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Lime Rock

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A short distance north of the Jonathan Harris House on Louisquisset Pike are remnants of the early layout of Lime Rock: the remains of a stone furnace for burning limestone, which is dug into a hillside, then a rusting metal boiler, which is a later furnace, and just beyond it a pond that inundates an old quarry site. (Neither furnace is easily visible in summer.) The name of the community advertises its principal business from the 1660s down to the present. As indicated in the introduction to Lincoln, Lime Rock was a major source for building lime, as well as for lime in tanning and agriculture for the entire eastern seaboard from the colonial period through the mid-nineteenth century. The core of the industry still clusters along Wilbur Road, where the quarry, crushers, and furnaces which are used today mingle with the antiquated remains of past operation. Gregory Dexter and Thomas Harris began two separate operations in the vicinity. Their combined descendants, through business deals and intermarriage, dominated all aspects of lime production through the nineteenth century—including lumbering operations to provide charcoal for the furnaces and barrels for shipping, as well as a substantial fleet of wagons by which their lime was hauled to Providence and Boston for distribution. Lime Rock entrepreneurs were, in fact, among the heaviest investors in the Louisquisset Turnpike as a means of shortening the roundabout route by Great Road into Providence. The revenue provided by the parade of lime wagons from Lime Rock to Providence was a major reason for the long-time success of the Louisquisset Turnpike as a toll road, until 1870, well after all but one other in the state had ceased as private operations.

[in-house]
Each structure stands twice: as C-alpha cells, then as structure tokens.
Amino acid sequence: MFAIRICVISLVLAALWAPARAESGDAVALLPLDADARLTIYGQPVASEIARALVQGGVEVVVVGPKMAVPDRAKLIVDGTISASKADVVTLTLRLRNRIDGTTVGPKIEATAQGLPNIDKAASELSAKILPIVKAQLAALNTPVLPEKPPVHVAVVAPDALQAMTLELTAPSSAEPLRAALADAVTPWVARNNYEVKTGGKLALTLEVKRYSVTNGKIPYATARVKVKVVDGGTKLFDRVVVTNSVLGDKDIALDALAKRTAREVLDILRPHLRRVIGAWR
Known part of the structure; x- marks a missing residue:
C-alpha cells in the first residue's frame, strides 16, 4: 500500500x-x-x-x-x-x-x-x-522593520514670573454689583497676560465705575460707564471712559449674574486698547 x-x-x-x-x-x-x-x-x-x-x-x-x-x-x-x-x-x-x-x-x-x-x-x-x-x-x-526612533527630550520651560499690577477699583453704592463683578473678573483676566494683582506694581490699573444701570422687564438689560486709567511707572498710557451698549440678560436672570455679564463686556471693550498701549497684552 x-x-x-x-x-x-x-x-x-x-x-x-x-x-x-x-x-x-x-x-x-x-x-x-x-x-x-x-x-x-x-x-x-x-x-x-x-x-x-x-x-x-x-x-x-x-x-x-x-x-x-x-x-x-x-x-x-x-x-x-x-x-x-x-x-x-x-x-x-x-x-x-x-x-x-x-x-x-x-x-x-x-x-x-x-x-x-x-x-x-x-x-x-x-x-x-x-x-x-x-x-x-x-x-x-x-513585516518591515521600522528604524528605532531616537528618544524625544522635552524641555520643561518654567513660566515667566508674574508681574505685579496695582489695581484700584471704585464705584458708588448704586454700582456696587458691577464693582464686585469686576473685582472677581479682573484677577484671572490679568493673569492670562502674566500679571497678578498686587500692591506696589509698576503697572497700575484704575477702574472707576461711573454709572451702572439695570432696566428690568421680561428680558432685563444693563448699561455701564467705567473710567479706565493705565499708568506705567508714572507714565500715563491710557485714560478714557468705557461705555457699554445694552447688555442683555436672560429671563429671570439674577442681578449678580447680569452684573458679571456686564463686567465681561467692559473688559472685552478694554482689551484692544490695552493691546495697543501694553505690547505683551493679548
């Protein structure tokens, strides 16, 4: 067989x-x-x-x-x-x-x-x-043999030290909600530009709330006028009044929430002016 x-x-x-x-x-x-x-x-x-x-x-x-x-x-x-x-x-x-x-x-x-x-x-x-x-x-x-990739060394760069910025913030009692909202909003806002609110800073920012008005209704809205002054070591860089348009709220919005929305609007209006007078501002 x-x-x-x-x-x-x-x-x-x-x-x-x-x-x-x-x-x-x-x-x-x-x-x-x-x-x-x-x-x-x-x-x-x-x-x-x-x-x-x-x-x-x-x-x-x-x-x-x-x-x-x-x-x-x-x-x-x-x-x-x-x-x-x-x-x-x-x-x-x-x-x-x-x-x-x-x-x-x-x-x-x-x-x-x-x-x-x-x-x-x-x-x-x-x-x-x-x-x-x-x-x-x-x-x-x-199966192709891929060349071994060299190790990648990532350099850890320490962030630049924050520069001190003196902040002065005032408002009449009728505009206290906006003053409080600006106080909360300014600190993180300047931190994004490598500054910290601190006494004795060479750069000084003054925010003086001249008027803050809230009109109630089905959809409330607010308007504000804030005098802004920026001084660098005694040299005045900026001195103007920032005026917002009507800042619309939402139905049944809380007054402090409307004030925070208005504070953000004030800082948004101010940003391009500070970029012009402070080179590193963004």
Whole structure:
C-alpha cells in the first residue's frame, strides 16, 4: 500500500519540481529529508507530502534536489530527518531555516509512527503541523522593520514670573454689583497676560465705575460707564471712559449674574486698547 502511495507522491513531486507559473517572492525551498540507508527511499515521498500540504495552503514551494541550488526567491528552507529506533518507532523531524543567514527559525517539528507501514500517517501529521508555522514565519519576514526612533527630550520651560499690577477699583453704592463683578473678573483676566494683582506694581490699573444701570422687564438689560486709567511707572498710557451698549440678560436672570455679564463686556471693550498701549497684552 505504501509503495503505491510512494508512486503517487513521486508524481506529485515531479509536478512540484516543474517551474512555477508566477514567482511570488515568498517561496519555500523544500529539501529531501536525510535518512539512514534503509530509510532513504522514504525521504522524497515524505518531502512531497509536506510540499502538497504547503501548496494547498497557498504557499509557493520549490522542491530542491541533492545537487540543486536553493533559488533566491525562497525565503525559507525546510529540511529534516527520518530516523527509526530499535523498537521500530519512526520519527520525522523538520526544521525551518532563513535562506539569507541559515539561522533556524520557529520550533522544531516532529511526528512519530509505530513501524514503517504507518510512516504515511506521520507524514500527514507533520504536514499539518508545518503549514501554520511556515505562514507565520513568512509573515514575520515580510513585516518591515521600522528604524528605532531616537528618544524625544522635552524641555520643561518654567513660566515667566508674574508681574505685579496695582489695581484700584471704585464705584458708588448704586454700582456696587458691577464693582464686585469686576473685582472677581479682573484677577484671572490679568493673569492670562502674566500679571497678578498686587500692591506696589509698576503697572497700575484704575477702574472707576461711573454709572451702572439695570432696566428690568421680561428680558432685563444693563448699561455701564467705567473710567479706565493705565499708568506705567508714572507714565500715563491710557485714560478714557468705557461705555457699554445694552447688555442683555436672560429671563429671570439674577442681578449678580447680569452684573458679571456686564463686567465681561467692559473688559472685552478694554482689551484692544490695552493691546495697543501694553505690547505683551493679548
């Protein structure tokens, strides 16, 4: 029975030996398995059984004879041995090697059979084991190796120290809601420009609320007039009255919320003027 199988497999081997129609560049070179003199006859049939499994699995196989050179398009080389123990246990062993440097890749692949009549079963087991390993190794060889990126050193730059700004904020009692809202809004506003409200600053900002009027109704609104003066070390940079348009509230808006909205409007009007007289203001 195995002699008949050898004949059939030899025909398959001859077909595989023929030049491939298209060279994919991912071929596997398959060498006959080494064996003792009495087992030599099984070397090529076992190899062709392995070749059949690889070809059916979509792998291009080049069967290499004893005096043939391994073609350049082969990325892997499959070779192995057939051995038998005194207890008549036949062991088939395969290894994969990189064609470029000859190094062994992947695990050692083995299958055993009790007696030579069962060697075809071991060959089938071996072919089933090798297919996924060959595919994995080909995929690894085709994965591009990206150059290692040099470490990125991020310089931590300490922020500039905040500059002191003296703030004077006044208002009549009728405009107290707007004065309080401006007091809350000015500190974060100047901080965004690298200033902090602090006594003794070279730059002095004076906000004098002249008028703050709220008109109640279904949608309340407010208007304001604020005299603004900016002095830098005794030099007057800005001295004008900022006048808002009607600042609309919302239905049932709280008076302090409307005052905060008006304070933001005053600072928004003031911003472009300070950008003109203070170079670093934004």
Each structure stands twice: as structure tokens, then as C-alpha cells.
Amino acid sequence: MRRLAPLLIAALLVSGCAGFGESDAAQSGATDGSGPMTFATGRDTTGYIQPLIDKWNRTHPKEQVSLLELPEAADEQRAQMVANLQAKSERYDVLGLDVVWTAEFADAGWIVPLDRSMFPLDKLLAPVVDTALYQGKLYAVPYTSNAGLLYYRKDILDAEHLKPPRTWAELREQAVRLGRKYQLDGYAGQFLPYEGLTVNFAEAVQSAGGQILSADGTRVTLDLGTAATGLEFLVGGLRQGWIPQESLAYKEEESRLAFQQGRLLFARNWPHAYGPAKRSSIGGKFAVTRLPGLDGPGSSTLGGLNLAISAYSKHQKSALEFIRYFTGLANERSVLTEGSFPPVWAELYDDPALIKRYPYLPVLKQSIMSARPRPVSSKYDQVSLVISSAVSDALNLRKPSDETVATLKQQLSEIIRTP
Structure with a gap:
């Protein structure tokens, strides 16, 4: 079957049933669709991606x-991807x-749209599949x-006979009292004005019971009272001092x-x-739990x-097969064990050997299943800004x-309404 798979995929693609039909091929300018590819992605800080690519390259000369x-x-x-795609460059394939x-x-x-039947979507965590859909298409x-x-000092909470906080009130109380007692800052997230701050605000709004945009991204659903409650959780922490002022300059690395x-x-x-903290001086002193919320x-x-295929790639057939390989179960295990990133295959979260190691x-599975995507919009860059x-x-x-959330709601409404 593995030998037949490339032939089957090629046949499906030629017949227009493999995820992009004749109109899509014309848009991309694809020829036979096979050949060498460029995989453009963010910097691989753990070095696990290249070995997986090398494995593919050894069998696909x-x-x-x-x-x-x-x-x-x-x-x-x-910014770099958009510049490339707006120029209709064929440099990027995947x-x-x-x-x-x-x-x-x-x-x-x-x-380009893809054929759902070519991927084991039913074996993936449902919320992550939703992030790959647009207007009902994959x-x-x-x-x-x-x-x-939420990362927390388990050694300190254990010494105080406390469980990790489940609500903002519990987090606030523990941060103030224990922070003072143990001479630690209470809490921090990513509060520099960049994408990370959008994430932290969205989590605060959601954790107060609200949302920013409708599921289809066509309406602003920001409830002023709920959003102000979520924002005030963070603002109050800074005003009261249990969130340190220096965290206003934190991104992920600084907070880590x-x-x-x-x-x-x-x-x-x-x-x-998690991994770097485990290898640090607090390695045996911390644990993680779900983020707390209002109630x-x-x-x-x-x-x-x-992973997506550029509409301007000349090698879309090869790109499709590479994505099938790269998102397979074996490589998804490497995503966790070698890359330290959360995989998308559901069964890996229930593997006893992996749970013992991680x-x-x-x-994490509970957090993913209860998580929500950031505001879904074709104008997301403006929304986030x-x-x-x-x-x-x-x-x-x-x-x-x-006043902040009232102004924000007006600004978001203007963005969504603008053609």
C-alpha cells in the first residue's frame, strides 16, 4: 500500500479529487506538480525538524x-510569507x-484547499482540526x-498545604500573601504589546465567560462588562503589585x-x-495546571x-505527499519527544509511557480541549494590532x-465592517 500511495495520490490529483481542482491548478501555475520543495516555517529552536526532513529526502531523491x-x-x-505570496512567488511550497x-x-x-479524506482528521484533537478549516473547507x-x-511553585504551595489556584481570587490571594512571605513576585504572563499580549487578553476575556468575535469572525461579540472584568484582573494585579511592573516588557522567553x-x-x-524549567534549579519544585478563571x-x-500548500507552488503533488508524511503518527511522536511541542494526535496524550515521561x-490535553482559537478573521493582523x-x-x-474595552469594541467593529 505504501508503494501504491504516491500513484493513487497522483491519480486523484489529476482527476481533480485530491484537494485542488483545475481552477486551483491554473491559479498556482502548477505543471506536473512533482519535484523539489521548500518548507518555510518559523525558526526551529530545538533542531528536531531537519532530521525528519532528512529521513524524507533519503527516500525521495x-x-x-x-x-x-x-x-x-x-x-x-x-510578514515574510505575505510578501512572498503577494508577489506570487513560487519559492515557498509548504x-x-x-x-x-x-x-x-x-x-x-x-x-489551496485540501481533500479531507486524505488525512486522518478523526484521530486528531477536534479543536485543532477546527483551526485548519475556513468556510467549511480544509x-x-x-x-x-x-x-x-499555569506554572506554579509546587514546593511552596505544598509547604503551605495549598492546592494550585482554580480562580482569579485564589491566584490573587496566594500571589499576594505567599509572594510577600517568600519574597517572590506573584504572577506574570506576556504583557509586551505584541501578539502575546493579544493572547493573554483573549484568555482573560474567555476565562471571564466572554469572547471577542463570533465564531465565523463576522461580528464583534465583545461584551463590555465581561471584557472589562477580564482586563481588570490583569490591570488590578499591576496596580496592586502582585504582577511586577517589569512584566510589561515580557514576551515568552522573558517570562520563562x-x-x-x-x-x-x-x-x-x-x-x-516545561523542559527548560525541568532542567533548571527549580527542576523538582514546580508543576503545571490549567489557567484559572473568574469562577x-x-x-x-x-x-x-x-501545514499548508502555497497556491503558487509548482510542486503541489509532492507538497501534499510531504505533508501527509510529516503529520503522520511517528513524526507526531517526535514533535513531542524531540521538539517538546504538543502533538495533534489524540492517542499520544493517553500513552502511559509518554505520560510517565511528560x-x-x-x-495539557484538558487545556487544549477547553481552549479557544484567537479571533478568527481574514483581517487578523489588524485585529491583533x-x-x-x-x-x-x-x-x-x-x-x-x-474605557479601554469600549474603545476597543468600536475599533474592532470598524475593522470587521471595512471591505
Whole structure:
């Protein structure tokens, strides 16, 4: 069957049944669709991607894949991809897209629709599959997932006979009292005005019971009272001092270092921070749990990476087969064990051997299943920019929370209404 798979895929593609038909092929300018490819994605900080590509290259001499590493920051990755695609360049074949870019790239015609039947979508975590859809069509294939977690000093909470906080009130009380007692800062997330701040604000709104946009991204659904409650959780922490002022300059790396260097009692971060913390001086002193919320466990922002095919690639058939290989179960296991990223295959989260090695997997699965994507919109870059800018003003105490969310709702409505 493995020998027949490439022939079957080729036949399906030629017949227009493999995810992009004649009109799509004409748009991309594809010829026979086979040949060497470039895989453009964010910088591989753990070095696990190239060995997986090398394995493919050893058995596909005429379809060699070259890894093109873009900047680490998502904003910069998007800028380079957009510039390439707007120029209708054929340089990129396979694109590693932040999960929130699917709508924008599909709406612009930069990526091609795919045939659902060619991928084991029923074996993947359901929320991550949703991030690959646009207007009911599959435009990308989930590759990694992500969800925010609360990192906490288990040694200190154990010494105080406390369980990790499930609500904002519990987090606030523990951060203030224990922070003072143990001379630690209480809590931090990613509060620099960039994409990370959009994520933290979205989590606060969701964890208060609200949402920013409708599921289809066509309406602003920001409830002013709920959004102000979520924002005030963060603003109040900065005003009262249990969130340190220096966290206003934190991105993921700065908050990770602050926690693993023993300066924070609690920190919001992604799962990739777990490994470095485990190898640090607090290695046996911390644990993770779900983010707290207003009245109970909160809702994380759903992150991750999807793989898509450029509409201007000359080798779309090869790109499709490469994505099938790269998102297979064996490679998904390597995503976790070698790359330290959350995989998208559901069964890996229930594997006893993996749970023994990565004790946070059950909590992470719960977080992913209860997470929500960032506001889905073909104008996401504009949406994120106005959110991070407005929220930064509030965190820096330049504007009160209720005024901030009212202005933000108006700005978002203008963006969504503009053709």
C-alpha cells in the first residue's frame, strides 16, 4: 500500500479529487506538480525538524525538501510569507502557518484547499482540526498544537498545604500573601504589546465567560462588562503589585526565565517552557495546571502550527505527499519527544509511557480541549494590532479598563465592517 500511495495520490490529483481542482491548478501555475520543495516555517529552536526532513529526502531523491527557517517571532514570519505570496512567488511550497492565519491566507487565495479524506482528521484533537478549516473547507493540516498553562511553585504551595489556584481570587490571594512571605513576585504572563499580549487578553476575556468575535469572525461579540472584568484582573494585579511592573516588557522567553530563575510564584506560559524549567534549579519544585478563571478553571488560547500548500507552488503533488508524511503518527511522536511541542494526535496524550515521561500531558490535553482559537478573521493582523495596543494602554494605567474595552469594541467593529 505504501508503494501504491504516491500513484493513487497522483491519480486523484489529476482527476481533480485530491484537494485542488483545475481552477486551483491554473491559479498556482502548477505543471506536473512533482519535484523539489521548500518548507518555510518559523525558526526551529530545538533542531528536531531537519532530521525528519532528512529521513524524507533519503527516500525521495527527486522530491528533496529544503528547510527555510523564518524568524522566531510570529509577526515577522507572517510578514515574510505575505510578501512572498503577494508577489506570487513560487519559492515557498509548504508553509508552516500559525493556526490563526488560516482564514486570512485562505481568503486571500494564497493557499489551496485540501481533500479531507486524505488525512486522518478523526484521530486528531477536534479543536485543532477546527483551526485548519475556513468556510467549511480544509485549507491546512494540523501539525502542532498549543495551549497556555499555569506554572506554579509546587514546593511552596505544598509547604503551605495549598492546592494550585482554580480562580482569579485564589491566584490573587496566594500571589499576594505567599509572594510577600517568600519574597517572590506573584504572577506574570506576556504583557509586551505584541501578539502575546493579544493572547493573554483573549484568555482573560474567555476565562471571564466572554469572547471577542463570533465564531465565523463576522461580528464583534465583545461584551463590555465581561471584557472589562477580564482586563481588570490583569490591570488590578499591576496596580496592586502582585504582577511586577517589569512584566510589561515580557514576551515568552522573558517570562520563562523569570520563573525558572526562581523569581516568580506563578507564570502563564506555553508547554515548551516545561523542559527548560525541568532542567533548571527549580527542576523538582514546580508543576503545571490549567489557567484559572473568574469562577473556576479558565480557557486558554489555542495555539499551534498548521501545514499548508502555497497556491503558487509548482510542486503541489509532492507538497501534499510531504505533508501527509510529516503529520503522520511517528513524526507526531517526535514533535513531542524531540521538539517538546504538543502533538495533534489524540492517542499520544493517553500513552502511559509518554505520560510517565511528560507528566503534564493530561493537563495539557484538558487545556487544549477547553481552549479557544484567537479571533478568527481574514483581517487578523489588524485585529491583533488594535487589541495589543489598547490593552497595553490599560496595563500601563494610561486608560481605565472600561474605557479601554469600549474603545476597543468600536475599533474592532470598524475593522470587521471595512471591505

Although of major importance as a source of lime for the building trades, tanning, bleaching, and agriculture, through the mid-nineteenth century especially, the operation remained compact, while its owners continued to participate as an extended family in the farming and village life of the community. In fact, although the Harris family controlled the lime industry, much of their work force was contracted labor from local farmers who worked part-time lumbering and teaming for the company and in some instances even operated their own furnaces under marketing agreements with the Harris organization. On the site, one is struck by the juxtaposition of the factory with the farms and the village, a balance which was nearly perfectly maintained here up to the late 1980s, when suburban building increasingly impinged on the ancient village fabric.

Writing Credits

William H. Jordy et al.

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